Charging infrastructure for 21 fully electric low-floor buses in Leipzig, Germany, will be provided by Siemens Smart Infrastructure.
VDL Bus & Coach received the contract from the Leipziger Verkehrsbetriebe (LVB) GmbH, the public transport operator in Leipzig.
The charging systems from Siemens will supply electrical energy to VDL buses on three lines as well as at the Lindenau bus depot and are scheduled to go into operation in 2021.
The electrification of local public transport is a major step forward in sustainable urban planning. With its Mobility Strategy 2030, the City of Leipzig also aims to develop environmentally-friendly transport systems.
Siemens will deliver systems for charging the 21 electric buses along the routes as well as in the depot. Four terminal stations will be equipped with a total of five Sicharge UC 600 fast-charging units with an effective power of 450 kilowatts (kW) for opportunity charging.
The medium-voltage connection, the transformer as well as the low-voltage power distribution will be integrated into the charging stations to facilitate the hook-up to the local power grid. This compact design of the charging stations allows for space-saving installation.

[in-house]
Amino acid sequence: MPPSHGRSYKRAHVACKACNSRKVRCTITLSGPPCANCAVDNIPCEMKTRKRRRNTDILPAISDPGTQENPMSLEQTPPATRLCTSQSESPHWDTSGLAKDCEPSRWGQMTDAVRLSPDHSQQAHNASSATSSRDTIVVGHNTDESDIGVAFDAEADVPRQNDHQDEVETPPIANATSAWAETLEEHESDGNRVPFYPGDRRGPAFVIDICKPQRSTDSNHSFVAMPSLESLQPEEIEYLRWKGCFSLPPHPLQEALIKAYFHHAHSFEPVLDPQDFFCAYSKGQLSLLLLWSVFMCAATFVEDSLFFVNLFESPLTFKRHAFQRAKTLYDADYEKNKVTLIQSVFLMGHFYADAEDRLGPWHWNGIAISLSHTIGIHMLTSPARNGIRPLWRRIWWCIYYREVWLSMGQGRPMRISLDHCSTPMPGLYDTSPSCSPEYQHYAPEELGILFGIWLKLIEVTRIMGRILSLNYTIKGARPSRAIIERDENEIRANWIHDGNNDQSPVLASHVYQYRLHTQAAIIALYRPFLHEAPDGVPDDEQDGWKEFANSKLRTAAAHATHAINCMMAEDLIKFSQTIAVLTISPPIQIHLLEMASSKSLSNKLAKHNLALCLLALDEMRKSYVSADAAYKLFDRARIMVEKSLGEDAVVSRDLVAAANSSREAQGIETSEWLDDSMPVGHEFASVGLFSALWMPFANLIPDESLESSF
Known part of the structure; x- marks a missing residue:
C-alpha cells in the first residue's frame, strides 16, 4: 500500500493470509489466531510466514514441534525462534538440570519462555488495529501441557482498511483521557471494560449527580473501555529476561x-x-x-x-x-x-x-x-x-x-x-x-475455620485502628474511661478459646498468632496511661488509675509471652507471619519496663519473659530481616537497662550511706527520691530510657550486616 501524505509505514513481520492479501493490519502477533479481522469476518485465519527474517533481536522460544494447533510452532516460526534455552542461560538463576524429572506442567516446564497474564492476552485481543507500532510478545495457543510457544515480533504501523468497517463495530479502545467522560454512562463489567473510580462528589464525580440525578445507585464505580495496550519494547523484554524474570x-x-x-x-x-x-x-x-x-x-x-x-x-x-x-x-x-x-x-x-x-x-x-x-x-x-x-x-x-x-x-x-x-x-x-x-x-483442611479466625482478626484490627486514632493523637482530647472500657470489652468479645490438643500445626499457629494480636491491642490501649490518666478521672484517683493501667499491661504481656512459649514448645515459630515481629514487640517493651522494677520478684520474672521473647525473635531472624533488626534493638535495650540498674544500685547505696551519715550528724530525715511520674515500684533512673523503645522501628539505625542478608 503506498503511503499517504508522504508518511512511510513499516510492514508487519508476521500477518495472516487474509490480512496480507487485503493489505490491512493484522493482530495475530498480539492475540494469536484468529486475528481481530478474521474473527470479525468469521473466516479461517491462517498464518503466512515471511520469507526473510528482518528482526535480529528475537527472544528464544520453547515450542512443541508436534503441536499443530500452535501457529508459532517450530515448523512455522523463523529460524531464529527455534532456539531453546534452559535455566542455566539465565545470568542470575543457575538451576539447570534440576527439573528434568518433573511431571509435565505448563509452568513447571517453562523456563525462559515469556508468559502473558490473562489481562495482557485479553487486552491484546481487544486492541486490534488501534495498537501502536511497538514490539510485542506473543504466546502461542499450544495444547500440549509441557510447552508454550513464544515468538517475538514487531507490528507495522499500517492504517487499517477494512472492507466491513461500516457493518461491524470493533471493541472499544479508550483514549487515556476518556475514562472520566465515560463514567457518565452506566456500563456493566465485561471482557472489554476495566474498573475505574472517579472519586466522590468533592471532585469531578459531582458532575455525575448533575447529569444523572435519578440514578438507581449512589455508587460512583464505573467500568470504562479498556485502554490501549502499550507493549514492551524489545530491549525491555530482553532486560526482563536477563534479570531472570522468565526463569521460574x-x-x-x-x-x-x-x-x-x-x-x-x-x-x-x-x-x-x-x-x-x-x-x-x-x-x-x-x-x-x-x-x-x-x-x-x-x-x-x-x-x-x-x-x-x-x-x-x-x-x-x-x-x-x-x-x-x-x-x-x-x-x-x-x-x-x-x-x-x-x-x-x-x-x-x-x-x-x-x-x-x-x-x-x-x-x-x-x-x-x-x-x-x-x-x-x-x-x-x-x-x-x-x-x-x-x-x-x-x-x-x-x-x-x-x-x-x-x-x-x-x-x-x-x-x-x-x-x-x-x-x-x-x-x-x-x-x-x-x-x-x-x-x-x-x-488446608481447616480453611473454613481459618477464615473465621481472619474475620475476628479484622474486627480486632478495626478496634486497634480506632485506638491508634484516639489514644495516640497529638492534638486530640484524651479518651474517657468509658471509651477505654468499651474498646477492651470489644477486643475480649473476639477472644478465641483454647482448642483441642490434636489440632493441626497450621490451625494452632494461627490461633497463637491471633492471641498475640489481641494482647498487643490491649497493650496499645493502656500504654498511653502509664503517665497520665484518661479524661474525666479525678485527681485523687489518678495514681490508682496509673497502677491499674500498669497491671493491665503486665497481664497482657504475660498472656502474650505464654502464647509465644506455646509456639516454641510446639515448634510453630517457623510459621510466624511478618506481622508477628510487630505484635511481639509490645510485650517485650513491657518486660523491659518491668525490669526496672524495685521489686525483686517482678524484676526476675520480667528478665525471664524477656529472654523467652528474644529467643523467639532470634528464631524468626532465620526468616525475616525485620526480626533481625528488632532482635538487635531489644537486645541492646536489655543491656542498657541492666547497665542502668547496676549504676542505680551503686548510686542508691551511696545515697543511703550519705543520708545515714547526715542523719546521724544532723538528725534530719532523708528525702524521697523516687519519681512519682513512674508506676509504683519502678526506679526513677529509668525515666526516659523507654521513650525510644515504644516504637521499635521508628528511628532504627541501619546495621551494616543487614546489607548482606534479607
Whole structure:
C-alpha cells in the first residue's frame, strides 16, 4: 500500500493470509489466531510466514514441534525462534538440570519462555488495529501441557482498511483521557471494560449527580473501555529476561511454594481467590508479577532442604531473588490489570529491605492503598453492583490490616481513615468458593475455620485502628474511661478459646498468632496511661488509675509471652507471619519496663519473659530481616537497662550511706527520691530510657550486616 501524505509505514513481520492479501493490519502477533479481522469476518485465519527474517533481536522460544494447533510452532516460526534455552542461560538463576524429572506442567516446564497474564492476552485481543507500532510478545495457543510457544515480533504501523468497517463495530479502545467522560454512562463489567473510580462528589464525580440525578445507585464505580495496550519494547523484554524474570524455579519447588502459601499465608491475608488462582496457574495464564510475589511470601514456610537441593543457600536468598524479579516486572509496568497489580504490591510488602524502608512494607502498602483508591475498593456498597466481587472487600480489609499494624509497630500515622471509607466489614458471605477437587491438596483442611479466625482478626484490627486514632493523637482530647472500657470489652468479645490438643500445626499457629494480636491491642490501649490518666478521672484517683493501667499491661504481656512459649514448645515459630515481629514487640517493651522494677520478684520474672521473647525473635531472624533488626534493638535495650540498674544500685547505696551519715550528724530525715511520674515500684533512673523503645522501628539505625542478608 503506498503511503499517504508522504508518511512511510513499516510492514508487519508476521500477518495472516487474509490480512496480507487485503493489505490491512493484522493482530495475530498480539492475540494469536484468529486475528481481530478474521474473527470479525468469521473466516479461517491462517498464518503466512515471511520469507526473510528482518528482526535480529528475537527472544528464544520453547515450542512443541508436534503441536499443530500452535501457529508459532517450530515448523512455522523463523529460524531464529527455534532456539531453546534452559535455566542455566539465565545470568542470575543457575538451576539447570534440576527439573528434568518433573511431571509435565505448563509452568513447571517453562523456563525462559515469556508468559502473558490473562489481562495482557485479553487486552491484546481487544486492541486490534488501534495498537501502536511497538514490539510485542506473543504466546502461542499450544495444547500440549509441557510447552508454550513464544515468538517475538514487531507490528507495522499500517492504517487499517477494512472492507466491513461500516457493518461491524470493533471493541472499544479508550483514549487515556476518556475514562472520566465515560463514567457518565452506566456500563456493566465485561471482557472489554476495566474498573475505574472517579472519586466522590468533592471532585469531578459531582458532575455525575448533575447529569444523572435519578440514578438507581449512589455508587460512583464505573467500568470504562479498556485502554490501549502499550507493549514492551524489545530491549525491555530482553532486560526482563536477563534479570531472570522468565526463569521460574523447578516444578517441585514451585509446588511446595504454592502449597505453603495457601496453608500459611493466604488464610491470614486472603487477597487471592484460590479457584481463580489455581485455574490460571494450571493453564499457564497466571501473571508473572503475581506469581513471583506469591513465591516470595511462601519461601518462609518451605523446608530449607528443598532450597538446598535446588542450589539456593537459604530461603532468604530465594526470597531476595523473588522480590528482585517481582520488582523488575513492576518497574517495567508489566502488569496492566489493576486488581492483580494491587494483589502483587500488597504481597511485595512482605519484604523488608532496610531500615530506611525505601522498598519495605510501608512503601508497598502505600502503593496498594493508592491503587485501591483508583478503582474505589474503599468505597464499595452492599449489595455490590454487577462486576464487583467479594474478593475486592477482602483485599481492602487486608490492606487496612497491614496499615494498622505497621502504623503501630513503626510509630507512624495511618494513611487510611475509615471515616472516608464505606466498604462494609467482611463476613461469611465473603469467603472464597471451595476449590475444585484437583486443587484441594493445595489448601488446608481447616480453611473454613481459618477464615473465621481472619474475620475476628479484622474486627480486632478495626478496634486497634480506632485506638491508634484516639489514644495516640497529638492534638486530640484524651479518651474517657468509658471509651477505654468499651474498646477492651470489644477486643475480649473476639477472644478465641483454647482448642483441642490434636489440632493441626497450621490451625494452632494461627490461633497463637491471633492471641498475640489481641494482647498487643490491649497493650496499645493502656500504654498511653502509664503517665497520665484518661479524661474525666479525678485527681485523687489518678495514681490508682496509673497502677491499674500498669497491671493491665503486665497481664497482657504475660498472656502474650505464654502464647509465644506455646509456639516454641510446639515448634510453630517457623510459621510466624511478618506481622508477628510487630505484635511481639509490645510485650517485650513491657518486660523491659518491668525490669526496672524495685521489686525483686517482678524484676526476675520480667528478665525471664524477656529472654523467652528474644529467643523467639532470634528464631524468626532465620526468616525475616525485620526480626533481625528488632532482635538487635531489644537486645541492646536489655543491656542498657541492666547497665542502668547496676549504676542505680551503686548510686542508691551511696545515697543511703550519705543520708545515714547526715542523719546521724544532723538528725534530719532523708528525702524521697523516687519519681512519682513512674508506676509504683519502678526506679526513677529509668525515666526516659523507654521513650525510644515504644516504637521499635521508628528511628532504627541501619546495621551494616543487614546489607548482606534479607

At the depot, buses will be charged primarily overnight or during other operational breaks using 21 Sicharge UC 100 charging units with charging power of up to 100 kW.
In both systems, the connection is realized via contact hoods. This means that like a streetcar, the buses will be equipped with a pantograph that is moved bottom-up for charging. The vehicle charges automatically via the contact rails mounted in the hood.
“Switching to electric bus transport requires not only the vehicles but also an efficient charging infrastructure that guarantees reliable operation. We are pleased to have Siemens with its widely diversified portfolio and expertise as our partner in this project,” said Boris Höltermann, Managing Director of VDL Bus & Coach Germany.
“I’m confident that, together with VDL and the Leipzig transport operator LVB, we will make the transition to electric buses with ease,” said Jean-Christoph Heyne, Head of Future Grids at Siemens Smart Infrastructure.
“eBus depots will play a particularly important role in the cities of the future. During the planning stage, it is important to design the overall system according to the customer’s individual needs, including power supply, charging technology and control of the charging processes. This requires the best possible combination of the energy, mobility, and building worlds,” concludes Heyne.